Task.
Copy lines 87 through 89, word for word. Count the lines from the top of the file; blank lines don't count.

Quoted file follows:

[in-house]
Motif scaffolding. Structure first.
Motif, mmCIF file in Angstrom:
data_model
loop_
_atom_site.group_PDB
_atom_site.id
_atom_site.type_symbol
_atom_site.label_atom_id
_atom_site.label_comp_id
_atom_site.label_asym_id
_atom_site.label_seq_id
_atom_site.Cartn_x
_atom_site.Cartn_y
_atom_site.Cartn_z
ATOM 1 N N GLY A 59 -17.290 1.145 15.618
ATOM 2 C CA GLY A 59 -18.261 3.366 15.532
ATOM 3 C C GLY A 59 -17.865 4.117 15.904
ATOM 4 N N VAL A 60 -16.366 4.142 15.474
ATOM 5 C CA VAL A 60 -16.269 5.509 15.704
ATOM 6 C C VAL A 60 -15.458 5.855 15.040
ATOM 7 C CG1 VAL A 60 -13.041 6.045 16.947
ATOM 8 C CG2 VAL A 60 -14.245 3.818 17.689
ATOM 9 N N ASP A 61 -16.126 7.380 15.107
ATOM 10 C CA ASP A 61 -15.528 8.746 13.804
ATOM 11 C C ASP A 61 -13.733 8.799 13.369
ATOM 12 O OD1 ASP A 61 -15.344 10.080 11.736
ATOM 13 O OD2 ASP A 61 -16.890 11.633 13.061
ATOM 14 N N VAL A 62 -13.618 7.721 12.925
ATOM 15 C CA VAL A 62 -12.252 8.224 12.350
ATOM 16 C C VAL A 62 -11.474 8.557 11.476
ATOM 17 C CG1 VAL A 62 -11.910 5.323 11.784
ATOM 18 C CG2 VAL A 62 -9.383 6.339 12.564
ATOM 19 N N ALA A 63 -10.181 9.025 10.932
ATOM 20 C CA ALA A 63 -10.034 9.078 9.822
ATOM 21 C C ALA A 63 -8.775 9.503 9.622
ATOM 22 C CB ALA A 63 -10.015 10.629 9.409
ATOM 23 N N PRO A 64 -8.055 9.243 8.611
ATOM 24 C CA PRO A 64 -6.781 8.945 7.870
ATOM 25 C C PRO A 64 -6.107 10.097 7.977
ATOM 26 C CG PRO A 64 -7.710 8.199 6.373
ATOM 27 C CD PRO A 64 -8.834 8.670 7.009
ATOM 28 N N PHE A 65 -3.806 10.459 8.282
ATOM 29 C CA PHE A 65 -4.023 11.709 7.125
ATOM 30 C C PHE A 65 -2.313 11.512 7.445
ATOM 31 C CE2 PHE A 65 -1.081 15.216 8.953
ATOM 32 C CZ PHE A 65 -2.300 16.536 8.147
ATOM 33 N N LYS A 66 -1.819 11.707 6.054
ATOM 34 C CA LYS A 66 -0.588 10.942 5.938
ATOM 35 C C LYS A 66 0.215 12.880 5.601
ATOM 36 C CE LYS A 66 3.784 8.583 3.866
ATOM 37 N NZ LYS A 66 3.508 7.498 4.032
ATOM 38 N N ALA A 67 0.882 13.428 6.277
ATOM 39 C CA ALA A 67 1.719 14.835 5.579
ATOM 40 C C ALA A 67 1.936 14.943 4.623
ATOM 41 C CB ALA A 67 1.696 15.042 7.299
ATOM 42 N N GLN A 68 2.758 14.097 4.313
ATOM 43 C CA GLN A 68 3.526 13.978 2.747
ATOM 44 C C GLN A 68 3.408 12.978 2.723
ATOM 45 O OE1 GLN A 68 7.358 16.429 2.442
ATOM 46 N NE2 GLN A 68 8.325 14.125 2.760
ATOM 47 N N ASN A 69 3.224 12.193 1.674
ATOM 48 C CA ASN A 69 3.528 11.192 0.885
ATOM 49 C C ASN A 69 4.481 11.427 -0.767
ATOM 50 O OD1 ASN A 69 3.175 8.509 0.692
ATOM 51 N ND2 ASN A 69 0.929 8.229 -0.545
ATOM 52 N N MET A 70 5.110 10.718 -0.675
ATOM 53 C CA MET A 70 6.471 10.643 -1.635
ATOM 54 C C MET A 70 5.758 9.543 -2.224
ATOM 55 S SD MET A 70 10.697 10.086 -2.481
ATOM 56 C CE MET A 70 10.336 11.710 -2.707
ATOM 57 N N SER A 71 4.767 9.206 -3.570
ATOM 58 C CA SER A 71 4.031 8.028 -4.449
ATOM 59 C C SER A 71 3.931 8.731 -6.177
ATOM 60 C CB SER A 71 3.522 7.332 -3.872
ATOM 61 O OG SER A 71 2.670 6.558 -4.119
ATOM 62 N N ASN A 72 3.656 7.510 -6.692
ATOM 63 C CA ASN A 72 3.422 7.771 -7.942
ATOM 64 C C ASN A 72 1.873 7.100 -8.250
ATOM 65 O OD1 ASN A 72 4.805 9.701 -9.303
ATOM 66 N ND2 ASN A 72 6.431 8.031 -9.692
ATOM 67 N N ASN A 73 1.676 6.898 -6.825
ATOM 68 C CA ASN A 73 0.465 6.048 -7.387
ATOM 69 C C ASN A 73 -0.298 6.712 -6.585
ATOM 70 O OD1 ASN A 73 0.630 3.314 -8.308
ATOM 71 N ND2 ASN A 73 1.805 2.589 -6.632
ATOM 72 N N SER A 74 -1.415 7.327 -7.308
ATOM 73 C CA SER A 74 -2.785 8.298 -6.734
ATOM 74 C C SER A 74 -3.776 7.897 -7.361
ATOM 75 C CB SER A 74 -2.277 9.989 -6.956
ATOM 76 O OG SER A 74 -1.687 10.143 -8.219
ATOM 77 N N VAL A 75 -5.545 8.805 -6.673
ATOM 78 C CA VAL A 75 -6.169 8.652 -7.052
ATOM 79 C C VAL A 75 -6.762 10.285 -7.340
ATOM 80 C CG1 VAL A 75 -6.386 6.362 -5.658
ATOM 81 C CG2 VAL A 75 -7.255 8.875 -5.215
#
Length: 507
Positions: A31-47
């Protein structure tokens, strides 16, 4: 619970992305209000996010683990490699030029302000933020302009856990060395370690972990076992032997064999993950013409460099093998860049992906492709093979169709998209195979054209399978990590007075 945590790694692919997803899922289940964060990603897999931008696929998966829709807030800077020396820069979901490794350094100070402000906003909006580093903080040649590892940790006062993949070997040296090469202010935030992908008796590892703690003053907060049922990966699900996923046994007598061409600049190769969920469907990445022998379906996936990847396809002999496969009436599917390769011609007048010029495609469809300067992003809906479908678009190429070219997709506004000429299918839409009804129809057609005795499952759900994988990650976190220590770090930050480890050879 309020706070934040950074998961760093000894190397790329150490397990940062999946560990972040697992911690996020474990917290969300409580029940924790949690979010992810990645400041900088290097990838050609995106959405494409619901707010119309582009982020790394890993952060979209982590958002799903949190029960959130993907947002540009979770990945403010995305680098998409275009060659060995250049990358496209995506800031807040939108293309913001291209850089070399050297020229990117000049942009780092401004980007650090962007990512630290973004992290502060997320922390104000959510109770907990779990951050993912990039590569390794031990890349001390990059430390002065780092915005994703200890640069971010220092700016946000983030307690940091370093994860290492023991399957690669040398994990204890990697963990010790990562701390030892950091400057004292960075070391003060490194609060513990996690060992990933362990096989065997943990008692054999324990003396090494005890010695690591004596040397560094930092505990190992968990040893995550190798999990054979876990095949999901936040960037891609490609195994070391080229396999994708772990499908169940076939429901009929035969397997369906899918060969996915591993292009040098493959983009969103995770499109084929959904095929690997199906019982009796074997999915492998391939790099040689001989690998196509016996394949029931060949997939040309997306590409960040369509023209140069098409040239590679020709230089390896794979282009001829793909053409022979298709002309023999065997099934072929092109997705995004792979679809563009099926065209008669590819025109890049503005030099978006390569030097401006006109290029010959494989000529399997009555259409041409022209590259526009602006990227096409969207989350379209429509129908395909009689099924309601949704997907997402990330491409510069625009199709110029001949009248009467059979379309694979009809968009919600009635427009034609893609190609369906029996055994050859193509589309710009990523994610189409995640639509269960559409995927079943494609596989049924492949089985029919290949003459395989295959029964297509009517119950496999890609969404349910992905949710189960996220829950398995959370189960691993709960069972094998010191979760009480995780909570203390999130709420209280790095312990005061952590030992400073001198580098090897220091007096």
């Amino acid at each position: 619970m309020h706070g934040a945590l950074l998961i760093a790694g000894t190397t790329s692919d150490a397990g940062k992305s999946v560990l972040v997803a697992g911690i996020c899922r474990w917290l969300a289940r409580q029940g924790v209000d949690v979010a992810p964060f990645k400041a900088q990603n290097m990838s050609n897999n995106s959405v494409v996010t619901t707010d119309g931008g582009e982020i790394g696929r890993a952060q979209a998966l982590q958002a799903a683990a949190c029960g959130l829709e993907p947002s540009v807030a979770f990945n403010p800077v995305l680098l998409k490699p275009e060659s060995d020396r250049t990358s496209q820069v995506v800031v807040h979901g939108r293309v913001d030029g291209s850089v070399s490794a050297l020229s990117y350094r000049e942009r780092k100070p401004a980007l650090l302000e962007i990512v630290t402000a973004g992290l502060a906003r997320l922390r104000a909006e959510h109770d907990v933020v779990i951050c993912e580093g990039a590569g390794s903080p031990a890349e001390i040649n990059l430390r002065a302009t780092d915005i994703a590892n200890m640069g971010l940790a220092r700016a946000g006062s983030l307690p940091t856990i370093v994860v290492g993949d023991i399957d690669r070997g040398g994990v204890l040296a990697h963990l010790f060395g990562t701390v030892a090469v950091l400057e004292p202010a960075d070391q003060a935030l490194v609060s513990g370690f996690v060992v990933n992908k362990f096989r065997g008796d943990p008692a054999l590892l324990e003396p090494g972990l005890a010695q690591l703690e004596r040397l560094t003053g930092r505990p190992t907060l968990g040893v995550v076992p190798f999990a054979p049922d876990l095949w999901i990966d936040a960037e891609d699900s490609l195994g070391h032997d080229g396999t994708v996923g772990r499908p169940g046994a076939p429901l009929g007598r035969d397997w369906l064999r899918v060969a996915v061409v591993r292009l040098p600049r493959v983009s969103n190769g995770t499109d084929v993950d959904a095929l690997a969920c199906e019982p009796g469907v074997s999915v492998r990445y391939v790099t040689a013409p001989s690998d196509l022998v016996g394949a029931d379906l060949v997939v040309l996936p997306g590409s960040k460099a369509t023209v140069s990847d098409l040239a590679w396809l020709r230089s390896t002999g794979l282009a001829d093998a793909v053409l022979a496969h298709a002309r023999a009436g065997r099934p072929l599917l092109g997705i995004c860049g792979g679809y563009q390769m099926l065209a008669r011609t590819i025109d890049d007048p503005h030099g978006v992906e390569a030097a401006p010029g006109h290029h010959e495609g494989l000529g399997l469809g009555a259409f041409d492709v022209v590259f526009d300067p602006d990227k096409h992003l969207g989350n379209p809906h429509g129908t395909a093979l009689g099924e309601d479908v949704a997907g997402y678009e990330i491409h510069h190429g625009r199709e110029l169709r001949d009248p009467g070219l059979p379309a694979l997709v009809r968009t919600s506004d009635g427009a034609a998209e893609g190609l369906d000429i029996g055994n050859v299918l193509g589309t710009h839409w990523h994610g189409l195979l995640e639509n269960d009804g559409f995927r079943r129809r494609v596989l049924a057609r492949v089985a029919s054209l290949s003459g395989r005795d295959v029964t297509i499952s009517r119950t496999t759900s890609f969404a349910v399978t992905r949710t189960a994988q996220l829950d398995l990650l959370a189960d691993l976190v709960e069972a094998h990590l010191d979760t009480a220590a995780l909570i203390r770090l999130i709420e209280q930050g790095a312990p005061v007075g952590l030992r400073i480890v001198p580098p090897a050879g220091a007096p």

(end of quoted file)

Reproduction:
ATOM 72 N N SER A 74 -1.415 7.327 -7.308
ATOM 73 C CA SER A 74 -2.785 8.298 -6.734
ATOM 74 C C SER A 74 -3.776 7.897 -7.361